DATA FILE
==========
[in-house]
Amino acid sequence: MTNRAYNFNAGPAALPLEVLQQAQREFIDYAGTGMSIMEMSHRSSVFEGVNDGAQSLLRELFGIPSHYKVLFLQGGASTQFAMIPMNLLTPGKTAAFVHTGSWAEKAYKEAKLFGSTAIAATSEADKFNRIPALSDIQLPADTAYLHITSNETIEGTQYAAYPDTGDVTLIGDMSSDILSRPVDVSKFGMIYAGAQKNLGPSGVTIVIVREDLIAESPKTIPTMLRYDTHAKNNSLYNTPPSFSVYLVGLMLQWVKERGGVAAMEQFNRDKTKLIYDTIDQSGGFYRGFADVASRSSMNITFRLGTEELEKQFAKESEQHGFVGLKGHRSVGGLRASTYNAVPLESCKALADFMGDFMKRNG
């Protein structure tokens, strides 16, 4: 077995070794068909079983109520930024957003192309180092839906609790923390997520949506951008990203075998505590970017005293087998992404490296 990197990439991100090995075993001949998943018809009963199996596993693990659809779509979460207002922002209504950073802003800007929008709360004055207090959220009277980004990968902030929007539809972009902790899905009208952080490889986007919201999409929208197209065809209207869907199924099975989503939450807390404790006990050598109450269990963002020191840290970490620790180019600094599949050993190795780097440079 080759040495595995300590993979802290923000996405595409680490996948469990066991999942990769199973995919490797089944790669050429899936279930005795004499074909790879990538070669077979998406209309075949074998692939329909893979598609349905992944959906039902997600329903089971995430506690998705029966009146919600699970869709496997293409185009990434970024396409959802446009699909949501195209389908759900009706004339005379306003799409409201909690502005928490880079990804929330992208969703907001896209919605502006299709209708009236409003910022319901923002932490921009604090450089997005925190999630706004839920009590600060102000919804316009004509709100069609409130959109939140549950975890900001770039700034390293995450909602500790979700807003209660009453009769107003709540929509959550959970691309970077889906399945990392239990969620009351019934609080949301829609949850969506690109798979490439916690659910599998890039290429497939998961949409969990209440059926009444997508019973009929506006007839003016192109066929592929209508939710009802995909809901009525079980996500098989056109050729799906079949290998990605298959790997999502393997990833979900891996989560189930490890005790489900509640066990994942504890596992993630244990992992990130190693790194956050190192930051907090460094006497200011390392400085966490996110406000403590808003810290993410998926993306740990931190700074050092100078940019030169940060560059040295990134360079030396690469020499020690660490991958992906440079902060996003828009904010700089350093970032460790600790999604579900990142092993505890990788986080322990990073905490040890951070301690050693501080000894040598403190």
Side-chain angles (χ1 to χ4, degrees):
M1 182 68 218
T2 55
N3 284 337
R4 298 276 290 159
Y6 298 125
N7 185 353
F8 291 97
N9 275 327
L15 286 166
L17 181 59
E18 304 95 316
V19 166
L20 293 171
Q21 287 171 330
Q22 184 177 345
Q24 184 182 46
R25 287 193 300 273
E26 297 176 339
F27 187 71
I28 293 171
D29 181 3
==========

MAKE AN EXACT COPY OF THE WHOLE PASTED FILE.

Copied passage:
[in-house]
Amino acid sequence: MTNRAYNFNAGPAALPLEVLQQAQREFIDYAGTGMSIMEMSHRSSVFEGVNDGAQSLLRELFGIPSHYKVLFLQGGASTQFAMIPMNLLTPGKTAAFVHTGSWAEKAYKEAKLFGSTAIAATSEADKFNRIPALSDIQLPADTAYLHITSNETIEGTQYAAYPDTGDVTLIGDMSSDILSRPVDVSKFGMIYAGAQKNLGPSGVTIVIVREDLIAESPKTIPTMLRYDTHAKNNSLYNTPPSFSVYLVGLMLQWVKERGGVAAMEQFNRDKTKLIYDTIDQSGGFYRGFADVASRSSMNITFRLGTEELEKQFAKESEQHGFVGLKGHRSVGGLRASTYNAVPLESCKALADFMGDFMKRNG
């Protein structure tokens, strides 16, 4: 077995070794068909079983109520930024957003192309180092839906609790923390997520949506951008990203075998505590970017005293087998992404490296 990197990439991100090995075993001949998943018809009963199996596993693990659809779509979460207002922002209504950073802003800007929008709360004055207090959220009277980004990968902030929007539809972009902790899905009208952080490889986007919201999409929208197209065809209207869907199924099975989503939450807390404790006990050598109450269990963002020191840290970490620790180019600094599949050993190795780097440079 080759040495595995300590993979802290923000996405595409680490996948469990066991999942990769199973995919490797089944790669050429899936279930005795004499074909790879990538070669077979998406209309075949074998692939329909893979598609349905992944959906039902997600329903089971995430506690998705029966009146919600699970869709496997293409185009990434970024396409959802446009699909949501195209389908759900009706004339005379306003799409409201909690502005928490880079990804929330992208969703907001896209919605502006299709209708009236409003910022319901923002932490921009604090450089997005925190999630706004839920009590600060102000919804316009004509709100069609409130959109939140549950975890900001770039700034390293995450909602500790979700807003209660009453009769107003709540929509959550959970691309970077889906399945990392239990969620009351019934609080949301829609949850969506690109798979490439916690659910599998890039290429497939998961949409969990209440059926009444997508019973009929506006007839003016192109066929592929209508939710009802995909809901009525079980996500098989056109050729799906079949290998990605298959790997999502393997990833979900891996989560189930490890005790489900509640066990994942504890596992993630244990992992990130190693790194956050190192930051907090460094006497200011390392400085966490996110406000403590808003810290993410998926993306740990931190700074050092100078940019030169940060560059040295990134360079030396690469020499020690660490991958992906440079902060996003828009904010700089350093970032460790600790999604579900990142092993505890990788986080322990990073905490040890951070301690050693501080000894040598403190």
Side-chain angles (χ1 to χ4, degrees):
M1 182 68 218
T2 55
N3 284 337
R4 298 276 290 159
Y6 298 125
N7 185 353
F8 291 97
N9 275 327
L15 286 166
L17 181 59
E18 304 95 316
V19 166
L20 293 171
Q21 287 171 330
Q22 184 177 345
Q24 184 182 46
R25 287 193 300 273
E26 297 176 339
F27 187 71
I28 293 171
D29 181 3